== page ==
It was one of the coldest evenings of Delhi. The minimum temperature had plummeted to 3 deg. C. The cold wind was not in a mood to abate. Since there was no prior occupation, one was exploring the possibility of a “warm up” session. Suddenly, the telephone rang. An invitation from Bhags, to witness Lok-Tarang, the National Folk Dance Festival, followed. Braving the inclement weather, I reached Pragati Maidan, the venue. As the first woman President was the Chief Guest, there was usual paraphernalia and security drill. Fortunately, the open air theatre was covered. The sets beautifully designed by the painstaking efforts of Anoop Suri showed a monastery, a gopuram, village huts and post-harvest heaps of hay. In the beginning, the audience was maintaining pin drop silence in deference to the dignity of the VIP. However, some “breach” was noticed when the arrival time got postponed. After 25 minutes, she made a quiet entry. Usual lighting of lamp (altogether 7 to denote 7 Zonal Cultural Centres) followed by beating of Nagara by the President, marked the commencement of the ceremony. The process which began with Pong Cholam dance of Manipur continued to keep the audience in rapt attention for more than an hour.
The intricate rhythms played on long but sleek drums with corresponding body movements and footwork, is typical of the North East. Performed during Holi, Pong Cholam is a part of Sankirtan tradition of Manipur. Their brief but effective performance was followed by Mungyanta harvest dance of Nagaland. Though very colourful with elaborate movements of hand and foot, the dance could not leave much impact. What they could not, was achieved by the Flower dance presented by the artists from Nubra Valley of Laddakh and Solakia dancers from Mizoram. The colorful attire and soothing sound of drum shehnai, gongs and cymbals were simply mesmerising. The Kud dance of Jammu & Kashmir and Panthi dance of Chattisgarh, however, left much to be desired. The accompanying musicians playing narsingha, talli, dhauns, mridang and cymbals came to their rescue.
What restored the attention and concentration of the onlookers, were Gotipua dance of Orissa and Ghasiyari dance of Uttarakhand. Not only the movements were precise and systematic but the images of Radha and Krishna were displayed by quick acrobatic yogic postures, adequately backed by musical support of pakhawaj, mini cymbals, violin and flute, a key instrument of the aboriginals. The Mayur dance, associated with gaiety and greenery during the Monsoon in Uttar Pradesh, Gidda, a dance performed by women at weddings and child-birth in Punjab and Dhollu Kunitha dance performed with acrobatic displays by the shepherd community of Karnataka were usual colourful affairs with good momentum, gusto and appreciable coordination.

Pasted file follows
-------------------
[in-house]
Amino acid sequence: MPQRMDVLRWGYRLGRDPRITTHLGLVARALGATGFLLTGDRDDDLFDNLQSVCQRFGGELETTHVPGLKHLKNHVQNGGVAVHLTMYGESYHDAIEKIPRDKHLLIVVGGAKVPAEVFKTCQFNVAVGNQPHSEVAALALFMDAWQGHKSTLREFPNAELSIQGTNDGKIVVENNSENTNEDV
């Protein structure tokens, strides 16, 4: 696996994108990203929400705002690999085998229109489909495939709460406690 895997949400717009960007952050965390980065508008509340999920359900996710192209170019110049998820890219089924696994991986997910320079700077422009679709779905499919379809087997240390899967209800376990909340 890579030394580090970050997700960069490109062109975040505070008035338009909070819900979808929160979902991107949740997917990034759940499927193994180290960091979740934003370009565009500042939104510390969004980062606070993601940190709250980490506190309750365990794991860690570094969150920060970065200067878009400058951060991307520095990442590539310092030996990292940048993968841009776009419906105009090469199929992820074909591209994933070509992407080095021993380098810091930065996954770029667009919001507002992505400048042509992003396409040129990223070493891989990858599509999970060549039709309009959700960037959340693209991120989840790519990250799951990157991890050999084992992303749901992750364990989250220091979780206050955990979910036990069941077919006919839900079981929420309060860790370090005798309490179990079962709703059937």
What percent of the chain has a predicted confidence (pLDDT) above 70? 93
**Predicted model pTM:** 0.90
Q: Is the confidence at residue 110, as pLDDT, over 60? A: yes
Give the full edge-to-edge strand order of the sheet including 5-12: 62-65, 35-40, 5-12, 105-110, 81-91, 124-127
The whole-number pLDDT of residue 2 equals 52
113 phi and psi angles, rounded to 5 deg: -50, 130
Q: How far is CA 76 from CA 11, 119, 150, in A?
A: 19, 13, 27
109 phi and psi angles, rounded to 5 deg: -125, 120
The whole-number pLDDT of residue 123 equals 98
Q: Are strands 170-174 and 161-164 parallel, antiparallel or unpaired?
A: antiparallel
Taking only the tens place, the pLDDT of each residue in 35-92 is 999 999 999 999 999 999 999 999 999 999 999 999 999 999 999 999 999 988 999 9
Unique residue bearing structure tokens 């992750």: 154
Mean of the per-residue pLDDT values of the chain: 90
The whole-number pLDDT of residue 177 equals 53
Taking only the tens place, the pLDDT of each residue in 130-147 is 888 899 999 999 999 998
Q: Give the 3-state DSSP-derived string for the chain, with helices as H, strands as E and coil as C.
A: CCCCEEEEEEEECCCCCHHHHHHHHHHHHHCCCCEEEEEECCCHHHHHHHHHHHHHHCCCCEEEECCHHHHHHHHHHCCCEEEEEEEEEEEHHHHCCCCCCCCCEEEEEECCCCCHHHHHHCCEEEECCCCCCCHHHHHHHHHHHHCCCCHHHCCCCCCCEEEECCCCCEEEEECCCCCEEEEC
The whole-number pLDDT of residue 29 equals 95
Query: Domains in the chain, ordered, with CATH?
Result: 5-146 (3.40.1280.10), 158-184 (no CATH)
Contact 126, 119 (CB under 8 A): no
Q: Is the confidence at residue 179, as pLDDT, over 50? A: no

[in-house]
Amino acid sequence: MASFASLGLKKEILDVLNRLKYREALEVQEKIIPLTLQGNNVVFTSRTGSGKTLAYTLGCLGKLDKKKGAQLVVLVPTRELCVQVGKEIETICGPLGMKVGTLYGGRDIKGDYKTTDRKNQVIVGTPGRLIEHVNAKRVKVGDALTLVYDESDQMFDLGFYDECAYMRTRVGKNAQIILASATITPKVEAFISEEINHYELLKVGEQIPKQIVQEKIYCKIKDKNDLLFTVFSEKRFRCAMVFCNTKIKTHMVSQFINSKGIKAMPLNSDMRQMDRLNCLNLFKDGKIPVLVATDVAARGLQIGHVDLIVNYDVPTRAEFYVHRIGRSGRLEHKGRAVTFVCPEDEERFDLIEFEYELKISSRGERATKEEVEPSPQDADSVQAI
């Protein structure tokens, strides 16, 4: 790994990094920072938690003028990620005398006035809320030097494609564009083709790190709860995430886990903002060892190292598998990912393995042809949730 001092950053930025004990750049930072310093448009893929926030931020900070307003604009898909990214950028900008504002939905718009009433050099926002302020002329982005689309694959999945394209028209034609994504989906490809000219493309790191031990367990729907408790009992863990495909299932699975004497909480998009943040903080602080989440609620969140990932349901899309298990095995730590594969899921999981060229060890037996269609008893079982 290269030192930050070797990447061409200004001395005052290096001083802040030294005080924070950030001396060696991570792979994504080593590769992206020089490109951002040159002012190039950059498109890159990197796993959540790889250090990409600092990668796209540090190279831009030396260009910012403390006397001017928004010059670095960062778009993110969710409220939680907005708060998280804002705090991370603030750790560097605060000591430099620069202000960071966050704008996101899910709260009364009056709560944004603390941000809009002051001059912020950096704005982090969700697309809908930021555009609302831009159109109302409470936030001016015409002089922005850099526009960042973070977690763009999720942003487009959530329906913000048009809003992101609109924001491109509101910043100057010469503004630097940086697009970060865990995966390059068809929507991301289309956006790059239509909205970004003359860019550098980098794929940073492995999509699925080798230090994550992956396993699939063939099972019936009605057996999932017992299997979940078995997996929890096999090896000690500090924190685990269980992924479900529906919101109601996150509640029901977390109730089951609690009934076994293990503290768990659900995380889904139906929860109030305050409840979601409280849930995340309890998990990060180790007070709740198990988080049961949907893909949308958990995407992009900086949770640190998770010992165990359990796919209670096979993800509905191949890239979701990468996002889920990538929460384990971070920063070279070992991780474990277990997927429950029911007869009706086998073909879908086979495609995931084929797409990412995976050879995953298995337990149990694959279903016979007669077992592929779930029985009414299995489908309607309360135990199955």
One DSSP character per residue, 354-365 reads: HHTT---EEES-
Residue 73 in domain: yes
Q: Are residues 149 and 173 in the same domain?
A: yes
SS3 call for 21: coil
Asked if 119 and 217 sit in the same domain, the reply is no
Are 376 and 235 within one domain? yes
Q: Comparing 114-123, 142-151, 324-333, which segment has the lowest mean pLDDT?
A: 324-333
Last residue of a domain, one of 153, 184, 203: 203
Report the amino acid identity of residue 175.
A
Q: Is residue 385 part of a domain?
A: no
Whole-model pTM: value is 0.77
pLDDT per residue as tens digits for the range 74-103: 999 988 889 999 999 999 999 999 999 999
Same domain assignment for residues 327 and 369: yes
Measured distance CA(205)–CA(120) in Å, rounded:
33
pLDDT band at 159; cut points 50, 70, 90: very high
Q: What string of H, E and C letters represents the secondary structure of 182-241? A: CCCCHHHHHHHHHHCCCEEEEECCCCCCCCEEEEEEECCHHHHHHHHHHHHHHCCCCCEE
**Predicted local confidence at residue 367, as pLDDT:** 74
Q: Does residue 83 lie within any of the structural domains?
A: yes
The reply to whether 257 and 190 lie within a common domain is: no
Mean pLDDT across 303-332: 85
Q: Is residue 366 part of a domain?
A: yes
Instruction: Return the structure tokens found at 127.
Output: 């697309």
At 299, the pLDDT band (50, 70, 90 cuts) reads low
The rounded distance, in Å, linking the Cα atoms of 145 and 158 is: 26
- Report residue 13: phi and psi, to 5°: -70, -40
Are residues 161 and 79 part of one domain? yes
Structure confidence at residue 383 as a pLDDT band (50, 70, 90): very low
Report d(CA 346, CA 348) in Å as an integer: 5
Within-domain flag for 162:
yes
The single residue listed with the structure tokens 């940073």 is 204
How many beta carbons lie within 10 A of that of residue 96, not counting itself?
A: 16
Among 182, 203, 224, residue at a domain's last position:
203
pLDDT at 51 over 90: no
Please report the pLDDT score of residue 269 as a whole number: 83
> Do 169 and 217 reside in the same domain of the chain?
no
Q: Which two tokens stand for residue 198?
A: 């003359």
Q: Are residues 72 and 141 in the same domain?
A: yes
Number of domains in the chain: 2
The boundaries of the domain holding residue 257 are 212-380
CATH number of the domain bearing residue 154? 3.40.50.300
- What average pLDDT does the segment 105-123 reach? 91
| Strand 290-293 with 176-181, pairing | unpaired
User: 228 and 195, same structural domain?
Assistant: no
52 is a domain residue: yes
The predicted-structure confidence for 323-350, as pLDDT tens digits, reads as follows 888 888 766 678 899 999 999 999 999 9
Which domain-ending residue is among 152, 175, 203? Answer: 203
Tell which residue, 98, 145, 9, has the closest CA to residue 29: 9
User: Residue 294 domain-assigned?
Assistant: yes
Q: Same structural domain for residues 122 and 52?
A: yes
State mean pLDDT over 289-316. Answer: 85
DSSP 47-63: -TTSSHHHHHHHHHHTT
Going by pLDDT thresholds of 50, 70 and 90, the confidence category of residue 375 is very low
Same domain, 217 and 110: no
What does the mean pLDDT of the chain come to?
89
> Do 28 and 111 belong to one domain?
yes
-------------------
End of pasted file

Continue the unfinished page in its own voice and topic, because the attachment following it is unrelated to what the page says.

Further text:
The dances which turned the tide towards a smooth and extremely memorable climax, were Lavani, an integral part of the Tamasha folk theatre of Maharashtra, Kummi Kolattam, a charming and artistic harvest dance of Tamilnadu and the colourful Yakshgan of Karnataka. The Ghode-Modeni dance depicting exploits of Gaon warriors with attractive dresses and effigies of horses did leave an impact though the invitees were expecting usual folk music & dance of Goa, akin to the western cultural extravaganza.
Once again the focus shifted to the east with the appearance of Rangoli Bihu dancers of Asom and moved on to highlight the fascinating and reverberating dance performances of Kalbelia women of Rajasthan and Siddhi Dhamal men performers of Gujarat. In between came the most memorable Chhau, the vigourous dance drama of Purulia in West Bengal. Wearing colourful masks & elaborate headgears, the dancers depicted scenes from the Ramayana and Mahabharata with immense concentration supported by rhythmic drum beatings and playing of shehnai. The eight dancers posing as Godess Durga, her accompanying Gods and Goddesses and not to be missed, Mahishasur, in the concluding sequence, left an indelible mark on the audience. Elaborate clapping together with cheers in unison and foot tapping was something to be seen, not to be described.
Similar responses also witnessed at the conclusion of the semi-African Siddhi Dhamal dance, not only lifted our spirits but also helped in regaining concentration and confidence. The whole experience took us to the new heights of elation. The ultimate opportunity of getting exposed to the indomitable spirit of our cultural heritage came in the form of the Anhan Naad, a symphony of musical instruments of all the 22 dance groups, brilliantly choreographed by Taneraj Singh Sodha. This musical ensemble truly provided the grand finale to the embodiments of various dance and drama forms, meticulously preserved down the ages. The onlookers were rightly reminded of such a remarkable essence of our UNITY IN DIVERSITY. No wonder, I was tempted to share with my better half “the festival has grown in leaps & bounds. It is being presented more professionally than what I saw last in 2002”. After the function, it was a pleasure and privilege to have a close up with the performers and see their renewed energy and enthusiasm while they stood for group photographs. The event not only reduced the chill of the air outside but gave adequate inspiration to pursue things with a positive bent of mind.